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Re: Question from New Member

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  • pmcvflag
    Hey Nick You respond to Dorina... ... Gnostic God as some sort of aloof deity like the Old Testament God of Orthodoxy. The Gnostic concepts as posted below
    Message 1 of 16 , Feb 19, 2007
      Hey Nick You respond to Dorina...

      >>>I am surprised that in studying Gnosticism you still see the
      Gnostic God as some sort of aloof deity like the Old Testament God
      of Orthodoxy. The Gnostic concepts as posted below from mainly Web
      sources make it quite clear that the Transcendent God in a sense
      suffers with us. God as something separate from ourselves is foreign
      to Gnosticism the spark of the divine is within all creatures.

      "They say that the same soul is scattered about in animals, beasts,
      fish, snakes, humans, trees, and products of nature. [Epiphanius,
      Panarion, 26.9.1.]" (Gospel of Eve)

      "But I say that God is the spiritual one. Man has taken shape from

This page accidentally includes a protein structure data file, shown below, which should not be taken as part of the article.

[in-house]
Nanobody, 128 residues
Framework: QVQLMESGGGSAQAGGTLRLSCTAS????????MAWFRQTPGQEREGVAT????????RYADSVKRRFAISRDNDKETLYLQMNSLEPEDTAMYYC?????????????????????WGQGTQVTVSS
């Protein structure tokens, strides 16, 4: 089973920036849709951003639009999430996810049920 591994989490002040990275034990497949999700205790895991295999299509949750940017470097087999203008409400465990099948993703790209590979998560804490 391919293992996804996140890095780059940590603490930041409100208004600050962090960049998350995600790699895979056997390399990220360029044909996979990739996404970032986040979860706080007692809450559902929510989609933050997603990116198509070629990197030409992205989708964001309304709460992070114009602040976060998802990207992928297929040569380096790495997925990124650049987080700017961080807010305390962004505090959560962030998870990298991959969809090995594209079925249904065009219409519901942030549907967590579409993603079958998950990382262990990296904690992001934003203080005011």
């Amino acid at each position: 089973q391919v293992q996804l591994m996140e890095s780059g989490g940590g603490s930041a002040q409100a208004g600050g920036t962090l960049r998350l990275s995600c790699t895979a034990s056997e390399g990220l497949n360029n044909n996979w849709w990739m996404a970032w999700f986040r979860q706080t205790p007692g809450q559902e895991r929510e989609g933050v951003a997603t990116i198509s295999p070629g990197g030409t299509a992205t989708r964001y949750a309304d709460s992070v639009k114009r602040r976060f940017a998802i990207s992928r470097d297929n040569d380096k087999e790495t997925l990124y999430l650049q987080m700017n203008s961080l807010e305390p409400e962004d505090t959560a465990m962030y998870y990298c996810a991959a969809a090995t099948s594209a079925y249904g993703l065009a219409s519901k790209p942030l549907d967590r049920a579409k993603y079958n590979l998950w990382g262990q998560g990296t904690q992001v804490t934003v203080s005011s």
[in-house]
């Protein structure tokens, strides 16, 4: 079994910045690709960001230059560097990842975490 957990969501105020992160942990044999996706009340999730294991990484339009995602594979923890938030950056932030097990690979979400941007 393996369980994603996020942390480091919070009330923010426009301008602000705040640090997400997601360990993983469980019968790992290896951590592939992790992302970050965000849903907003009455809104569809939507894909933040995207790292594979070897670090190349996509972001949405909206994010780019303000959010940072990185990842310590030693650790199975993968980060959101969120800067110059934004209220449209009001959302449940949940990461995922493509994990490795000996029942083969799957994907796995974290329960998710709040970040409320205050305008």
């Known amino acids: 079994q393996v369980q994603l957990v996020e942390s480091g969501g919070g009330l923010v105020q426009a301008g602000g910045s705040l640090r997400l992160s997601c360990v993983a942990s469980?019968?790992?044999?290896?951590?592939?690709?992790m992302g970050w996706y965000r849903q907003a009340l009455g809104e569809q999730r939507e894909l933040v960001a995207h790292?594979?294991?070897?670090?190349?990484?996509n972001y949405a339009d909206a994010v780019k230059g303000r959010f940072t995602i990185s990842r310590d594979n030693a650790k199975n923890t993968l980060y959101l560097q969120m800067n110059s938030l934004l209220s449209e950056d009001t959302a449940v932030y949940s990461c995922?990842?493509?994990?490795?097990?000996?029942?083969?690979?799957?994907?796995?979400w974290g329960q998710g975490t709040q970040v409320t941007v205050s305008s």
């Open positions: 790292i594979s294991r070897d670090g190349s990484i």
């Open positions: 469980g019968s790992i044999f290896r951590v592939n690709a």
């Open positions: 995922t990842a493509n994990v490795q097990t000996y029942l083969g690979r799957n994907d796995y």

the substance of God. The divine soul shares partly in this one;
      furthermore, it shares partly in the flesh. "(Teachings of Silvanus)
      <<<

      I did want to point out that the Teachings of Silvanus is likely not
      a "Gnostic" text. In the intro to the text that we find in
      Robinson's Nag Hammadi Library, Peel and Zandee even go so far as to
      suggest part of it may have been meant as an attack on Gnostic
      thinking.

      Also, I believe that this description in Epiphanius was very likely
      talking about the world soul rather than "God" or the spiritual
      source.

      This isn't to necessarily disagree with your point, but simply to
      point out that I am not sure we can use these passages to imply
      anything about a Gnostic theology.

      Yeah, I know, I am being too picky again *lol*. The reason I mention
      it though is that if we don't have those two passages informing the
      theology, it opens up a number of other possible interpretations for
      the texts that are Gnostic. It makes the notion of pantheism a good
      deal less explicit in general Gnostic thinking, as well as opening
      the question of just how the spark could relate to the source in
      Gnostic texts.

      PMCV
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